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50 Women Game-Changers (in Food): #19 Pim Techamuanvivit - Pad Krapow {Spicy Stir-Fried Pork w/ Holy Basil}

In May '11, Gourmet posted a list of 50 Women Game-Changers (in Food) that runs the gamut from food writers to cookbook authors to television personalities to restauranteurs to chefs to food bloggers.  Some are a given.  Some are controversial.  Speaking the names of some brings fond childhood memories.  Speaking the names of others will make some readers cringe.  And of course, some of our favorites were not even included.  We food-lovers are a passionate bunch of people and whether we agree or disagree, every woman on this list has earned her place for a reason.  Being a woman who is passionate about food (cooking, eating, talking about, writing about, photographing), when I caught wind of Mary from One Perfect Bite's idea of cooking/blogging her way through each of these 50 per week...I knew I wanted to join her.  Many of these women paved the way for us in culinary school, in the kitchen, in cookbooks, in food writing, and on television and I think it is a fabulous way to pay tribute to their efforts.  Some of the women on the list have been tops with me for years.  Some I have heard of (perhaps even seen, read, or cooked from) before.  And there are even a handful that I am not familiar with at all.  I excited to educate myself on each of these women game-changers and hope you look forward to reading along.  We are going in order from 1 to 50.
the "Gourmet" prompt...
19. Pim Techamuanvivit- Bangkok–born Pim (the last name is rarely used; who can spell it?) is the eating—as opposed to cooking—blogger, who started Chez Pim in 2001. She was quickly noticed by Old Media, who roped her in for some techie cred. The inevitable book, The Foodie Handbook, followed in the fall of 2009.

Pim is a pretty well-known name in the food blogging world.  I believe it is, at least.  She's one of "the big ones" (ie, the first ones).  She grew up in Bangkok, but as an adult found herself loving and living in the San Francisco Bay area.  One of the coolest things she's done (amidst many...and in my own opinion) is to be a judge on Iron Chef America.  I've always wanted to do that!  She also has a book out called The Foodie Handbook: The (Almost) Definitive Guide to Gastronomy (<---click can get a copy for as low as 6 cents.  6 cents!).  You can visit her at Chez Pim.
Browsing through Chez Pim to find something to make this week (since I haven't been able to find a copy of her book locally), I knew I wanted to make something Thai.  And what's better than a popular street food from a country to transport you for a little while?  Not much.  While you can make it with most any type of protein like chicken, pork, or beef, you can also make it with tofu.  I went with the pork version since I couldn't get it out of my head.  Pim gives a method since no recipe is really required, but I wrote out what I used (based on Pim's guidelines) as I went along.  I did add a little lemongrass to mine (even though I'm not sure if that is at all traditional).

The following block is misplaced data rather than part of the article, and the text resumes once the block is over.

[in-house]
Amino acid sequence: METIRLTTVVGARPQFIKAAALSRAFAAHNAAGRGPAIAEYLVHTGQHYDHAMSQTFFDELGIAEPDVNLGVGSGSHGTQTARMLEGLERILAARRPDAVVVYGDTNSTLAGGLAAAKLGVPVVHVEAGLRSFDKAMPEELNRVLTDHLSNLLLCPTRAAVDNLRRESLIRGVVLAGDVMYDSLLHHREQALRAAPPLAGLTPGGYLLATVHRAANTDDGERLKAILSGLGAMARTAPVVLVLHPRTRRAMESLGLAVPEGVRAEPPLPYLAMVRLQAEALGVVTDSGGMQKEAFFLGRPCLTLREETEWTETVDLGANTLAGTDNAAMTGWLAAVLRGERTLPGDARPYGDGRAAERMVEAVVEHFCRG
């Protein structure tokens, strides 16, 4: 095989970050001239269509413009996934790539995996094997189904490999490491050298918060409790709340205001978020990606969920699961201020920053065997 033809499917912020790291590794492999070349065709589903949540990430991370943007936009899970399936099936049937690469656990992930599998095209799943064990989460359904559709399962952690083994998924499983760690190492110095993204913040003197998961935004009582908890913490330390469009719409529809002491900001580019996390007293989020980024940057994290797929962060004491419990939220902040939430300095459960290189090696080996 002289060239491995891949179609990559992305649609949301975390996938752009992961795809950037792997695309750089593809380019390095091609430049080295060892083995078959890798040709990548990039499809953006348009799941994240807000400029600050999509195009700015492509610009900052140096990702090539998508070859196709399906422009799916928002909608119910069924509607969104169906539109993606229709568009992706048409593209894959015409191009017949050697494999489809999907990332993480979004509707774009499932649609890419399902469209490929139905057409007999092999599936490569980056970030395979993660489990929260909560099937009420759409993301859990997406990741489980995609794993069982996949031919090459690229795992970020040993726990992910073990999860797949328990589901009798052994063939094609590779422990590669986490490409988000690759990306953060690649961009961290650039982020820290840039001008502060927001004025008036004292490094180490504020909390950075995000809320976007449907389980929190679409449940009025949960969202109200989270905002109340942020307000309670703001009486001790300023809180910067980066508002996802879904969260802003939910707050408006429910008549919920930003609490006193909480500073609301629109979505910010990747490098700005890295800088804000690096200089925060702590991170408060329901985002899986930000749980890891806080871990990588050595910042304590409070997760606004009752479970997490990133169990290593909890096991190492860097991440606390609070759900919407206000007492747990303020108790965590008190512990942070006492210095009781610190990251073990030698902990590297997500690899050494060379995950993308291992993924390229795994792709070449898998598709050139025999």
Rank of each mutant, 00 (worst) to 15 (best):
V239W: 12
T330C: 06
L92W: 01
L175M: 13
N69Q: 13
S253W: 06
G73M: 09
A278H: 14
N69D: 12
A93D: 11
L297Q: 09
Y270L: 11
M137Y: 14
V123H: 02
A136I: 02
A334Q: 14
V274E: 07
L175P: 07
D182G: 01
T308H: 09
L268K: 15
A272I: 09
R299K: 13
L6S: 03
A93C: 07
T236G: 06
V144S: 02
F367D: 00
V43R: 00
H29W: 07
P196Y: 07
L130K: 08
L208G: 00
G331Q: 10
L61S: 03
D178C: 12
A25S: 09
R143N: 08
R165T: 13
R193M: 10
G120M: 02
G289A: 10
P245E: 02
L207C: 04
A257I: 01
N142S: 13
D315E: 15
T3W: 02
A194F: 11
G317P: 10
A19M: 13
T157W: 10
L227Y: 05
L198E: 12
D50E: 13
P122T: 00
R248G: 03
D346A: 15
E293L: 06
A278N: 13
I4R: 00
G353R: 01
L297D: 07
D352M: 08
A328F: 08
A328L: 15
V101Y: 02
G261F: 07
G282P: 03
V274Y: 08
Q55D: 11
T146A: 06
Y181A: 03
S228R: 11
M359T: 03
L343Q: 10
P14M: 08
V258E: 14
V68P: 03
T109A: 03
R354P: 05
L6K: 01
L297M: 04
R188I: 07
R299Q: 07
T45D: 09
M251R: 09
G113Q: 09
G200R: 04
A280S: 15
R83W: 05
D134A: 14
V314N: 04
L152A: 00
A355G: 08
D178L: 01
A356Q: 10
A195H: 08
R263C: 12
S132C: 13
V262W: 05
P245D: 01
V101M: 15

Pad Krapow 
{Spicy Stir-Fried Pork w/ Holy Basil} 
adapted from Chez Pim
makes ~4 servings

oil, as needed for sauteeing
6 cloves garlic, minced
2 smallish (3-4") stalks lemongrass, tender parts only, minced very fine
3 birds-eye chiles (or other small, hot chiles), chopped small
handful of bell peppers, julienned (various colors)
1 lb. ground pork (preferably w/ a bit of fat) 
fish sauce (or soy sauce if you don't like fish sauce)
big handful of Bai Krapow (Holy Basil)
salt & pepper, to taste

to serve:
cooked jasmine rice
4 fried eggs (over-easy)
lime wedges

Slick a pre-heated, well-seasoned wok with a little bit of oil.  Add garlic, lemongrass, and chiles and saute for a couple of minutes, stirring constantly until soft and fragrant.  Tip the ground pork in and stir-fry it with the aromatics until done.  This will just take a few minutes.  If your pork is not fatty enough, add a bit more oil, just to keep things moving.  Add a few splashes of fish sauce (or soy) and stir it around.  Throw in the bell peppers and cook for another minute or two.  Taste and adjust seasoning with salt and pepper.  Turn off the heat and toss the basil in.  Serve immediately on a bed of warm Jasmine rice with a fried egg on top.   Squeeze a lime wedge over, if you wish.

Who is cooking along with these 50 Women Game-Changers?

I am sharing this post with:
*Did you know that October is (among other things...) Pork Month!?
Friday South Asian Blog Hop w/ Katherine Martinelli
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